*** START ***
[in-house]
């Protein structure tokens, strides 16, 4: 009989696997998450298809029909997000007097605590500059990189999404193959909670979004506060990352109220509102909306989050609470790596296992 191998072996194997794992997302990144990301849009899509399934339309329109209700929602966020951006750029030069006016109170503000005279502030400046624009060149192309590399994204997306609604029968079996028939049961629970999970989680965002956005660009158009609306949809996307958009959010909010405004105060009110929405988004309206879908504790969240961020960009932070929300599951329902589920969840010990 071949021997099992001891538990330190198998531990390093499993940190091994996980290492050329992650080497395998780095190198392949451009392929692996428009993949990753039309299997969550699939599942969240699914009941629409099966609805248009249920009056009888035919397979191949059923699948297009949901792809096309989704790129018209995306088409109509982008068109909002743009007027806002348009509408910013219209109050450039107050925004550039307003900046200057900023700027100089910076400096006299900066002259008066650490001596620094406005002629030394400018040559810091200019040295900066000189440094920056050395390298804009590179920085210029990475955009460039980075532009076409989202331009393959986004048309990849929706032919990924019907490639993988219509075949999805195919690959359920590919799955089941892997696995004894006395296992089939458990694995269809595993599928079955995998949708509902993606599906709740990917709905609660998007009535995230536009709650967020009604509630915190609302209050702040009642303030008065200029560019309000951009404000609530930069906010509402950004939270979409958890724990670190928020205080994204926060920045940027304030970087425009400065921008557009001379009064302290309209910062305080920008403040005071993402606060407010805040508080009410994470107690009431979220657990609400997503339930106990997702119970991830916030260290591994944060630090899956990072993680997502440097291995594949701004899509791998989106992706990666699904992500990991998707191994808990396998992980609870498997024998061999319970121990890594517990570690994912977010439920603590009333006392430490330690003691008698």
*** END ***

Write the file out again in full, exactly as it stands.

[in-house]
């Protein structure tokens, strides 16, 4: 009989696997998450298809029909997000007097605590500059990189999404193959909670979004506060990352109220509102909306989050609470790596296992 191998072996194997794992997302990144990301849009899509399934339309329109209700929602966020951006750029030069006016109170503000005279502030400046624009060149192309590399994204997306609604029968079996028939049961629970999970989680965002956005660009158009609306949809996307958009959010909010405004105060009110929405988004309206879908504790969240961020960009932070929300599951329902589920969840010990 071949021997099992001891538990330190198998531990390093499993940190091994996980290492050329992650080497395998780095190198392949451009392929692996428009993949990753039309299997969550699939599942969240699914009941629409099966609805248009249920009056009888035919397979191949059923699948297009949901792809096309989704790129018209995306088409109509982008068109909002743009007027806002348009509408910013219209109050450039107050925004550039307003900046200057900023700027100089910076400096006299900066002259008066650490001596620094406005002629030394400018040559810091200019040295900066000189440094920056050395390298804009590179920085210029990475955009460039980075532009076409989202331009393959986004048309990849929706032919990924019907490639993988219509075949999805195919690959359920590919799955089941892997696995004894006395296992089939458990694995269809595993599928079955995998949708509902993606599906709740990917709905609660998007009535995230536009709650967020009604509630915190609302209050702040009642303030008065200029560019309000951009404000609530930069906010509402950004939270979409958890724990670190928020205080994204926060920045940027304030970087425009400065921008557009001379009064302290309209910062305080920008403040005071993402606060407010805040508080009410994470107690009431979220657990609400997503339930106990997702119970991830916030260290591994944060630090899956990072993680997502440097291995594949701004899509791998989106992706990666699904992500990991998707191994808990396998992980609870498997024998061999319970121990890594517990570690994912977010439920603590009333006392430490330690003691008698």